Photos have the power to convey emotion. The way we choose to compose the scene and the technical choices we make can combine with the content to represent a feeling, through visual metaphor or symbolism.

Sometimes this is deliberately created at the moment of pressing the shutter. Sometimes it reveals itself later; maybe a happy accident or subconscious guidance. Either way it is a powerful way of communicating with the viewer.

The truth is in the viewing. Of course the emotion or feeling that the photographer intends to convey may not be what the viewer experiences. Cultural background and personal experiences guide our interpretation of visual imagery. That there may be several interpretations is not necessarily a weakness of the photo. Inspiring diverse emotions from one photo may be a strength.

Let’s look at some examples from a recent walk around Langland Bay. Notice the feelings that these photos generate for you before you read the text below.

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Photo 1 suggests uncertainty for me. Through a shallow depth of field I have created the representation of an unclear future, we cannot see where the path may lead. Though if we consider the truth of the scene, we know that Monty can see the way forward.

Photo 2 is in a similar vein to Photo 1. There is a degree of uncertainty and also potential barriers to what is unseen

Photo 3 suggests positive possibility (blue sky, sunshine), but also change (the autumnal leaves). For me these elements combine to imply change, opportunity and a hopeful future outcome.

Photo 4 uses a strong symbol to suggest that there is a clear direction we need to go. However the indistinct background could imply that the journey’s experiences may be uncertain.

What feelings did the photos inspire for you? Post your thoughts below in the comments box.

I have recently spent a few days at Charing Cross Hospital, as part of my ongoing care and investigation into my laryngeal condition. The stay was unplanned and helped to allieviate an acute situation.

Having not planned to stay I was unprepared. Fortunately Beci was able to gather suitable, clothing, food and some reading material for me. But I was without camera.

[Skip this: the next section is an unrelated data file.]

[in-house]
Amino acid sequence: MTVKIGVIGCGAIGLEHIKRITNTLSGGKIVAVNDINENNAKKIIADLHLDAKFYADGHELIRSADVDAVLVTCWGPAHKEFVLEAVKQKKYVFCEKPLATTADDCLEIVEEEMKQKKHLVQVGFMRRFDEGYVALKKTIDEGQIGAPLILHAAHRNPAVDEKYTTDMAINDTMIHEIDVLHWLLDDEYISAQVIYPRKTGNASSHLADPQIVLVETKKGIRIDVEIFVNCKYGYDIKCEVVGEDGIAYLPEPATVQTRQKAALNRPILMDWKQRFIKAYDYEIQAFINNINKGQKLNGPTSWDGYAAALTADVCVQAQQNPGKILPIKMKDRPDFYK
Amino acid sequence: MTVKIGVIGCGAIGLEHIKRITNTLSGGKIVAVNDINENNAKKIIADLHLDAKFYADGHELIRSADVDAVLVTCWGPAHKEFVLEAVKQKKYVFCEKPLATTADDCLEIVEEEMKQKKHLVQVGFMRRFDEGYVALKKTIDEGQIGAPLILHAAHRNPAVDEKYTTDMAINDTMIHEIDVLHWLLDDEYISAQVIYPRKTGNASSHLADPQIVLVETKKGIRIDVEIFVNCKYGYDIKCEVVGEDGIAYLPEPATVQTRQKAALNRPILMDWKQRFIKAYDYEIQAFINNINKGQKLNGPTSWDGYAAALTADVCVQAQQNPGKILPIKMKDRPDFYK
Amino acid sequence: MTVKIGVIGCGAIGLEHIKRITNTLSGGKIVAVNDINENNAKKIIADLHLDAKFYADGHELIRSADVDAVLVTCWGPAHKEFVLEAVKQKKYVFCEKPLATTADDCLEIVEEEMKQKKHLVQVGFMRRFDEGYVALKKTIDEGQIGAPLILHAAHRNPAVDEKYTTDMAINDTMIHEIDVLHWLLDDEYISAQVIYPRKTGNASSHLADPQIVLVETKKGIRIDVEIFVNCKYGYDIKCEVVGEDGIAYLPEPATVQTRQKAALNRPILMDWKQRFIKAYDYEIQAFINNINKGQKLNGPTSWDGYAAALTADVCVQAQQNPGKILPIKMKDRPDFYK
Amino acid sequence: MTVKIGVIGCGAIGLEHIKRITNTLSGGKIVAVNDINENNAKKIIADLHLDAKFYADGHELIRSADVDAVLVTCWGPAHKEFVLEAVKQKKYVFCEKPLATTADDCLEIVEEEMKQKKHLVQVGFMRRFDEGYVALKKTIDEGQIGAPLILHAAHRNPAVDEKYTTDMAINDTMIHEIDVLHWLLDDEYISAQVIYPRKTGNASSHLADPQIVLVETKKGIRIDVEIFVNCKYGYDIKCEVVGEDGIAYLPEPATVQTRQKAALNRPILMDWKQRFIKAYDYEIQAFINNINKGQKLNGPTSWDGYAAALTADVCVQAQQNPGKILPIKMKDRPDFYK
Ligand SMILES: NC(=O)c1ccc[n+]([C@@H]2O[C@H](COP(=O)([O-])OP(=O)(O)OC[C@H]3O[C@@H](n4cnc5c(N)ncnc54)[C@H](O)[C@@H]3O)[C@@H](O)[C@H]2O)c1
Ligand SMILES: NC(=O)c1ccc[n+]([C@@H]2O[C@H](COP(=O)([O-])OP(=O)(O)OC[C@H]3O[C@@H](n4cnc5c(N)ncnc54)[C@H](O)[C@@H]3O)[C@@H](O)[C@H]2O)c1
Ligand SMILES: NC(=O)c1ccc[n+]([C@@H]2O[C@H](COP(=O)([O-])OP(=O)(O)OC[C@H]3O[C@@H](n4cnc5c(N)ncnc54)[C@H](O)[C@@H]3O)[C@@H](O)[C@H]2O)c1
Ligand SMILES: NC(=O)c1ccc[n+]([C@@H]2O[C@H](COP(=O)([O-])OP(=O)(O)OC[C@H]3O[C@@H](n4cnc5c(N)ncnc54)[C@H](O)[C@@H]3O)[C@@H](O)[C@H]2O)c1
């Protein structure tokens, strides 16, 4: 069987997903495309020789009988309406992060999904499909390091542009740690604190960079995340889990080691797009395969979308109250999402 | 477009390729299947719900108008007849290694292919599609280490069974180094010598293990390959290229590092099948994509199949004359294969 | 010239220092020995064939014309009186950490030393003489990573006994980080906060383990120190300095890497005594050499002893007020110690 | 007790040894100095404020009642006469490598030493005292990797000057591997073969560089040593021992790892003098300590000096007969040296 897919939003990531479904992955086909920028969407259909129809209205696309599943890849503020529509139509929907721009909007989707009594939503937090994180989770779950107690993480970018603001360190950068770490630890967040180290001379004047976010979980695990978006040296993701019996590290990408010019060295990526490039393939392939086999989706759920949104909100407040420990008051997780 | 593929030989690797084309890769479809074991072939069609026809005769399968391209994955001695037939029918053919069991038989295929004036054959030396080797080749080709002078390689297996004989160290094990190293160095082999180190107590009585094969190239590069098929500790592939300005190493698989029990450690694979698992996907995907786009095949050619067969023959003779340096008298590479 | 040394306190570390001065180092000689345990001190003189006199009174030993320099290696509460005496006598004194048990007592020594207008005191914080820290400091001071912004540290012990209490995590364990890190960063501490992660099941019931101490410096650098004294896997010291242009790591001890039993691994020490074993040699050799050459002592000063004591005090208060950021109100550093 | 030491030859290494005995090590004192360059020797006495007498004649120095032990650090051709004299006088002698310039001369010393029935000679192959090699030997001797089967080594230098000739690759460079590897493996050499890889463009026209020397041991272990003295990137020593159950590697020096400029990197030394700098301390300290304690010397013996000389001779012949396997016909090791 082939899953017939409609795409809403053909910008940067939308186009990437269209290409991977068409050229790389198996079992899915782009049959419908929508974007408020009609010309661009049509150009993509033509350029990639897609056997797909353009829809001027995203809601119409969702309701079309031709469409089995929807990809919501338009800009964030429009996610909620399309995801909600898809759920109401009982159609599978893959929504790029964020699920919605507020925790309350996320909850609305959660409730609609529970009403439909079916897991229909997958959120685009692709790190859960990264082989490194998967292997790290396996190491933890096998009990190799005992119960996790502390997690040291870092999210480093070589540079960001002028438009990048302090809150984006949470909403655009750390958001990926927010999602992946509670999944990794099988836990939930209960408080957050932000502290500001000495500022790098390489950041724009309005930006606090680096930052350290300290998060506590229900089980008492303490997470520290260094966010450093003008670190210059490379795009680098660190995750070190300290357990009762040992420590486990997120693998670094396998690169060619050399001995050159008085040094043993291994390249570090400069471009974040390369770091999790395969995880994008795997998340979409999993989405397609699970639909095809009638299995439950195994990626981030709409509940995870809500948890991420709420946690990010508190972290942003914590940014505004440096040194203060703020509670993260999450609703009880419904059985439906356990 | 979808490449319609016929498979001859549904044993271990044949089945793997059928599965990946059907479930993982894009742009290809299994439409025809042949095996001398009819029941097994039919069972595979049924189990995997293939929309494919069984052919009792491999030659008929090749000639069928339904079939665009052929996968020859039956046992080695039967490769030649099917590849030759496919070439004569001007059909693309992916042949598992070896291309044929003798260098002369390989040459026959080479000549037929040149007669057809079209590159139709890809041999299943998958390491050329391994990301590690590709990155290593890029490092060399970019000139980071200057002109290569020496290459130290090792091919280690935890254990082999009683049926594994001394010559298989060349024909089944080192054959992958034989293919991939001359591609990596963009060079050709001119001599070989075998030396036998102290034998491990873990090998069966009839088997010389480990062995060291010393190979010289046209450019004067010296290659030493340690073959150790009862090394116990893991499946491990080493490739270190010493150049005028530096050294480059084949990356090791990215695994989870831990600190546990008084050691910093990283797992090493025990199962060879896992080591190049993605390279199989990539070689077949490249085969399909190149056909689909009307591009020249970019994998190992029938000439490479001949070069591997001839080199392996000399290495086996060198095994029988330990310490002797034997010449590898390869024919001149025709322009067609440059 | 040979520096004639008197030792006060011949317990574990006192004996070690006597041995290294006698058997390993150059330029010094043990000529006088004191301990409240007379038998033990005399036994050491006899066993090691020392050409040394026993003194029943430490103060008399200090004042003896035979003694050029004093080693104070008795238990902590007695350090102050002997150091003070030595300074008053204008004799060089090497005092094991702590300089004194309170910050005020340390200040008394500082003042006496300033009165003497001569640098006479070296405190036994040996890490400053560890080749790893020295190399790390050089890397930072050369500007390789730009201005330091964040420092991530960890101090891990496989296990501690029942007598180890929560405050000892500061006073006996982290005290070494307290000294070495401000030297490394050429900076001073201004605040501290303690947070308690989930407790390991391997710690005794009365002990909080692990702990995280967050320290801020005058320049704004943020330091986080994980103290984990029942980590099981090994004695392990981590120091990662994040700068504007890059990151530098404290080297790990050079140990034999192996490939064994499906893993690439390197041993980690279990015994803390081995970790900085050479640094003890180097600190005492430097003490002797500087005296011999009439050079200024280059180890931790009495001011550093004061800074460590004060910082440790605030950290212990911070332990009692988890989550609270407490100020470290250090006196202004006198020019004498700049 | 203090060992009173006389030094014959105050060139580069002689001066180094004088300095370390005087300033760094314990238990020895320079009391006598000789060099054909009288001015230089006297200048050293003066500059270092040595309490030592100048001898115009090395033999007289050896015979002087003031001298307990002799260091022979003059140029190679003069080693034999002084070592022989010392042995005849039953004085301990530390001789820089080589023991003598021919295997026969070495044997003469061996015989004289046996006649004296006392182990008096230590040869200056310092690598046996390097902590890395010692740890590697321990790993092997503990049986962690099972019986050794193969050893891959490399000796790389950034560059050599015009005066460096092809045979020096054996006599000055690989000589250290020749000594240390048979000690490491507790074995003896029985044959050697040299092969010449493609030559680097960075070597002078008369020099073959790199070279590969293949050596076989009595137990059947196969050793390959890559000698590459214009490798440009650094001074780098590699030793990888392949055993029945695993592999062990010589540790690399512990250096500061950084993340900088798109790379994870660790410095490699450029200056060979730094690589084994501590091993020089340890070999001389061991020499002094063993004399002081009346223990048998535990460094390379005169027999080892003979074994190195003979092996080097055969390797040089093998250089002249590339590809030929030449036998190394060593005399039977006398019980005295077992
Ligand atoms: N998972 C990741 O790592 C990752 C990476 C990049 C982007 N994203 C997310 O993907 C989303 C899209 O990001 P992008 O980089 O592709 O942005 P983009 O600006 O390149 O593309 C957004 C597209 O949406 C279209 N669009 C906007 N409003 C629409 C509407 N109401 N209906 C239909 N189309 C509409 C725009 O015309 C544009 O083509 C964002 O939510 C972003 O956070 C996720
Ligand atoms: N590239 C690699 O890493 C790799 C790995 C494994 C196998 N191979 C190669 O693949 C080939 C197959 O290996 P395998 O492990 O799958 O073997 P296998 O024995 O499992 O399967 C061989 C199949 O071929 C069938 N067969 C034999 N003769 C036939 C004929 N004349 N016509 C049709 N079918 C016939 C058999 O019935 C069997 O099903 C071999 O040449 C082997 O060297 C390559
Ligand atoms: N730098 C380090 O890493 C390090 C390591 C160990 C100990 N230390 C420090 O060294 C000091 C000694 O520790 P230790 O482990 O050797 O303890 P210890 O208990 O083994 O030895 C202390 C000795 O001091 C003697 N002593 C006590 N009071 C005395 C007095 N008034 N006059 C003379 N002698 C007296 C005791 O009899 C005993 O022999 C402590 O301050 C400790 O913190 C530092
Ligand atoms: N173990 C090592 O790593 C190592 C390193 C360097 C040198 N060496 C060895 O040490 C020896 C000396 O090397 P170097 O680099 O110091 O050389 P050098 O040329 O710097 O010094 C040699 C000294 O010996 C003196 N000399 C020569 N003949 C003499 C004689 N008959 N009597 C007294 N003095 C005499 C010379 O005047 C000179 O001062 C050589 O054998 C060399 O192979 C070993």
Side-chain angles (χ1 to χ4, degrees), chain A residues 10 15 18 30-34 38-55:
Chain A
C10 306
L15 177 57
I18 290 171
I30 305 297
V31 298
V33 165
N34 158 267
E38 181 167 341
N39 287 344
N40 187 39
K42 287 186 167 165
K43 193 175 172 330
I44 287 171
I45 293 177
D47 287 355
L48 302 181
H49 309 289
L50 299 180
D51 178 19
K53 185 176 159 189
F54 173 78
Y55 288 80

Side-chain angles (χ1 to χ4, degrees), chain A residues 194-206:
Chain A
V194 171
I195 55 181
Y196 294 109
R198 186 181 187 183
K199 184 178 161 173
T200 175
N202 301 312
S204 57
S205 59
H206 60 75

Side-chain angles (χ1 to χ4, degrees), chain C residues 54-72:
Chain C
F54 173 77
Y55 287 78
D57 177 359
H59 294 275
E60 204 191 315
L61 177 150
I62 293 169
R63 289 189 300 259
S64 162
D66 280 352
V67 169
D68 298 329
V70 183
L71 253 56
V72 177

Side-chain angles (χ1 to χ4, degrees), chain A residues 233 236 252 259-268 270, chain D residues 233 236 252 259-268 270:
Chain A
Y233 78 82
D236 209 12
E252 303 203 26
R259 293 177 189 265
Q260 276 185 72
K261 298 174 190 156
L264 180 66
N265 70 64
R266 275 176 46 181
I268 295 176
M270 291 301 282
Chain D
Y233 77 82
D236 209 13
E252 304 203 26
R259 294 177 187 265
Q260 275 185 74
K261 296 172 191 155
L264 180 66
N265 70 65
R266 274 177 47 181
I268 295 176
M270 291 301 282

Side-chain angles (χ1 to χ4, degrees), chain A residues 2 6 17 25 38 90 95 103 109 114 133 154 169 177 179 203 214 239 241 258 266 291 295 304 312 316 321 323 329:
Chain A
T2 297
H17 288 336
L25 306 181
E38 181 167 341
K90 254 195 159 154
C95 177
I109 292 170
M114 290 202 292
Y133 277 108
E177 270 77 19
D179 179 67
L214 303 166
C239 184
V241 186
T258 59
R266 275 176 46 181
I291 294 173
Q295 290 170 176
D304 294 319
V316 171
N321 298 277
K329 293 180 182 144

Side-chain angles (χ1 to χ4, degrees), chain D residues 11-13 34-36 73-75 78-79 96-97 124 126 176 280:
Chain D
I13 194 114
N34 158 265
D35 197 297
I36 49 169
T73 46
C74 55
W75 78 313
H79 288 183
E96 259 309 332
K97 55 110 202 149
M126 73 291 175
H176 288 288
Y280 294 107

I have never been impressed by the camera on my mobile phone, but the best camera is the one you have with you! I also found it enlivening to push the boundaries of what was possible with the Sony Xperia phone camera.

Using the manual features of software and careful technique, particularly for longer exposures, I was able to create a few evocative and abstract photos I really liked.

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I lived in Paignton between the ages 11 and 16. It was the early 70s. In fact I have just created a 70s playlist to accompany me as I write this piece. I am currently with The Eagles ‘Take it easy’; Neil Young, The Steve Miller Band, Bob Dylan, Supertramp, Thin Lizzy and the Vapours are all on their way!

So when I visited earlier this week there was a nostalgic video of teenage high (and low) lights playing in my head. In fact, many of the memories of actual events were also jumbled up with memories of more recent dreams of the streets, parks and areas of Paignton I frequented. This fragmented video track was stimulated by my route through the town and down to the seafront. Of course it all appeared a lot smaller than it used to be and a lot less busy.

I parked at the back of the town centre park, close to where I recall the library used to be. As a kid I visited this many times and still check out books in my dreams. But the library was long gone, in place was a new development of retirement flats. I wandered on through the park, remembering the shortcut to the seafront I used to whizz through on my bike. This was all much as it used to be, but with an absence of ducks.

My summer memories of Paignton seafront are of a beach and lawned area rammed with grockles (tourists). Often there was hardly a patch of grass or sand to be had by lunch time. This time I wandered through and found it busy, but with plenty of space. Once down on the front I found the photography flowed. I felt comfortable, at home amongst familiar scenes, and I believe that the photos below carry some of that warmth, as well as a curiosity to capture the British tourist at play.

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My ongoing exploration of creating abstract photos of people promenading around Swansea Bay has recently been illuminated by our summer sunshine. After the last set, taken at a difficult time on a dank day, I thought I would share the latest, more upbeat, examples.

These were taken at a cafe that sits on the promenade near my entrance onto Swansea Bay. The cafe seats are perhaps a little closer to the subjects promenading than in other examples and I had to dial down the aperture a little as it was so bright. Which one is your favourite?

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I was feeling a little dazed this morning. An early rise and ragged breathing left me with a sense of disconnectedness. As I had to take Taylor to work in Mumbles I thought I would change my routine, drop him off and then do a mindful photography practice to ground me.